She said teens tell people when they are upset but often go unheard because they may not be using words to express themselves. “We have to listen differently.”
Appetite or sleeping patterns may change. Kids can stop enjoying things they care about. Signs of emotional stress include withdrawal, difficulty concentrating, decreased interest in school and family, mood and behavior changes, and appearing to feel hopeless.
Adults can promote resilience and well-being by providing coping strategies and encouraging habits that are helpful for well-being, such as sleep, exercise, exposure to nature and mindfulness, she said. But professional help may be needed.
Weitzman thinks children need personal school, but warns that it must be done carefully so they are safe. Vulnerable populations, including children in foster care, people with disabilities and children in low-income households, may not be able to learn well virtually or their families may lack the necessary digital tools, she said.
Schools should also screen for mental health, as older children don’t often see a pediatrician, although screening is important when they do. The academy says children should be checked for behavior problems and well-being at least annually: “We know that 1 in 6 children has some sort of mental health problem. If you knew 1 in 6 had asthma, wouldn’t you screen for it? would you do that,” Weitzman said.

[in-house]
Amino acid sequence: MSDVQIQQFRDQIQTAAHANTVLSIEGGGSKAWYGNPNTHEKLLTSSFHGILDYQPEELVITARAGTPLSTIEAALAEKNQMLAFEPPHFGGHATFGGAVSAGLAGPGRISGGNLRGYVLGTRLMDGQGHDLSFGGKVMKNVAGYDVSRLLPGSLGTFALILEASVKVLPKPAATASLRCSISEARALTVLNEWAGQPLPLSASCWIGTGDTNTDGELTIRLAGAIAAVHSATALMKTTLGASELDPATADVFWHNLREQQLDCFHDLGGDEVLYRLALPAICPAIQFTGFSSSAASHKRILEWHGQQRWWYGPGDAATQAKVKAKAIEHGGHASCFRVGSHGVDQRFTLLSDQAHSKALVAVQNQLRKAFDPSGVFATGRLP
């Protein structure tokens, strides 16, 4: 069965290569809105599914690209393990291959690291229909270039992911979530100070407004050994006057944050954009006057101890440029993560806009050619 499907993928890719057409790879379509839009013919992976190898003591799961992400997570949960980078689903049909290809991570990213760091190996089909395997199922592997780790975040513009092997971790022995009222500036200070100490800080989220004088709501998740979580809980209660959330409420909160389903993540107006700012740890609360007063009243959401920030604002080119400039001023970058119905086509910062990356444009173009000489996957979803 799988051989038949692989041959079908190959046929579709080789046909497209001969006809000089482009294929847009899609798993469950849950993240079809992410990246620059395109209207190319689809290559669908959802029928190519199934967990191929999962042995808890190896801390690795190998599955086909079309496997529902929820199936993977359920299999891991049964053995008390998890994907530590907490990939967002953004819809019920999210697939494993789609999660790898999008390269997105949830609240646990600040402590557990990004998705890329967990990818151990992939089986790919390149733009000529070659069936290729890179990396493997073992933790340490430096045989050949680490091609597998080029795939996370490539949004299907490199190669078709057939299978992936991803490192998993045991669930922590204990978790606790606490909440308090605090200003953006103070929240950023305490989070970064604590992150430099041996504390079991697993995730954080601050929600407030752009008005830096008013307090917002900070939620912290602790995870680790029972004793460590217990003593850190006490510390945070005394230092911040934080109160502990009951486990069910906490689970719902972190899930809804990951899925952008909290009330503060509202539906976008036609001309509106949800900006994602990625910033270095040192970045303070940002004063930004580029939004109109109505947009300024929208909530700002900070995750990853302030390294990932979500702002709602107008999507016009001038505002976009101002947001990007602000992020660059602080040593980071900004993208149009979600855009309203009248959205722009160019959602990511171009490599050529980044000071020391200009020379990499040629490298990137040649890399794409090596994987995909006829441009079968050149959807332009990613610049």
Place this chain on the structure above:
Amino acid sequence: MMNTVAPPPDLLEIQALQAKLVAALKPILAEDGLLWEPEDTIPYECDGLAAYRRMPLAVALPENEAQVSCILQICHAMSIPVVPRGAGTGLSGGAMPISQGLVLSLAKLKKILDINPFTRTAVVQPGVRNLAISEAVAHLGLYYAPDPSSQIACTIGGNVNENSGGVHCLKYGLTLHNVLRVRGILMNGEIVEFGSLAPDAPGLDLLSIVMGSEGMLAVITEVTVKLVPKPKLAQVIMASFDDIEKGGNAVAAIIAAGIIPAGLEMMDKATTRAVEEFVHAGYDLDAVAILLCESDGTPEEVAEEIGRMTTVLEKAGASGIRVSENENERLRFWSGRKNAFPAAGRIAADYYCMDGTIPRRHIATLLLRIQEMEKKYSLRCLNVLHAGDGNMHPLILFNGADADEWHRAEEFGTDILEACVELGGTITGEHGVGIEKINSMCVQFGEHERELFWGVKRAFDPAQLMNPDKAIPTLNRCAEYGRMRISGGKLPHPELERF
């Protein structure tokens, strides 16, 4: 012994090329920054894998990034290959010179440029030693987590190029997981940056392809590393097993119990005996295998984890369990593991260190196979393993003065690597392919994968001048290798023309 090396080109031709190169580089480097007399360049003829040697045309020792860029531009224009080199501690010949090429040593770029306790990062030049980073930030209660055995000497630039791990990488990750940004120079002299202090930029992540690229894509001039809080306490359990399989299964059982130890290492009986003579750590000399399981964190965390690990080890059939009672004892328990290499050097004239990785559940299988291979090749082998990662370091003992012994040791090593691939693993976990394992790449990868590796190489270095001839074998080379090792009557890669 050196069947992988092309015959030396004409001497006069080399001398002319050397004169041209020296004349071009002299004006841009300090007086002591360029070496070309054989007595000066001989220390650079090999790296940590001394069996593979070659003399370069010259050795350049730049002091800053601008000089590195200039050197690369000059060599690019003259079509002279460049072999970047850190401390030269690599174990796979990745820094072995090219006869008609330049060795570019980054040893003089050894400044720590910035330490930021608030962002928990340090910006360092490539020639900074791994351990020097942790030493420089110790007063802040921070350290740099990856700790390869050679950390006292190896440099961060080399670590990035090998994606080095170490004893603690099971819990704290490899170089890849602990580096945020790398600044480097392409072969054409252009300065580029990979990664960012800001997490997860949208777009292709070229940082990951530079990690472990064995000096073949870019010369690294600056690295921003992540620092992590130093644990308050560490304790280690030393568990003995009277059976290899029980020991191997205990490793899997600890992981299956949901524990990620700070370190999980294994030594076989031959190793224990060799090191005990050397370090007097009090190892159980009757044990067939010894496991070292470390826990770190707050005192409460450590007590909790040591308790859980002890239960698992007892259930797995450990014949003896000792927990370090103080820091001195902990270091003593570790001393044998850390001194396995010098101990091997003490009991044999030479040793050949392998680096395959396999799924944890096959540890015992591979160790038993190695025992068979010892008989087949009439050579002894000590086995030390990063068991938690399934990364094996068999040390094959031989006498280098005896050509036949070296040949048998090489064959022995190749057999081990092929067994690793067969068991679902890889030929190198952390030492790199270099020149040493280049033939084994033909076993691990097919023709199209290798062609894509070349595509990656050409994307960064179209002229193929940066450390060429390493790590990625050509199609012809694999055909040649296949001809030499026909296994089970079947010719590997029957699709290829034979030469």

Great circle of need
Many pediatricians need more training to do the job properly. They need to know what to look for and how to talk to families about findings and refer to. It’s not fair, Weitzman said, to add a big job to their jobs without more resources, help and compensation.
They need care coordinators, as well as mental health specialists. She said some parents and doctors are reluctant to screen because only 38% of schools report providing school-based mental health treatment and screening. Communities don’t have enough mental health experts and the waiting lists are ‘terrible’.
Challenges go far beyond individuals. Society has work to do.
Weitzman admits that screening and care cost money, but said we are already investing in ways that are expensive, both in terms of money and human capital, by building prisons and justice systems.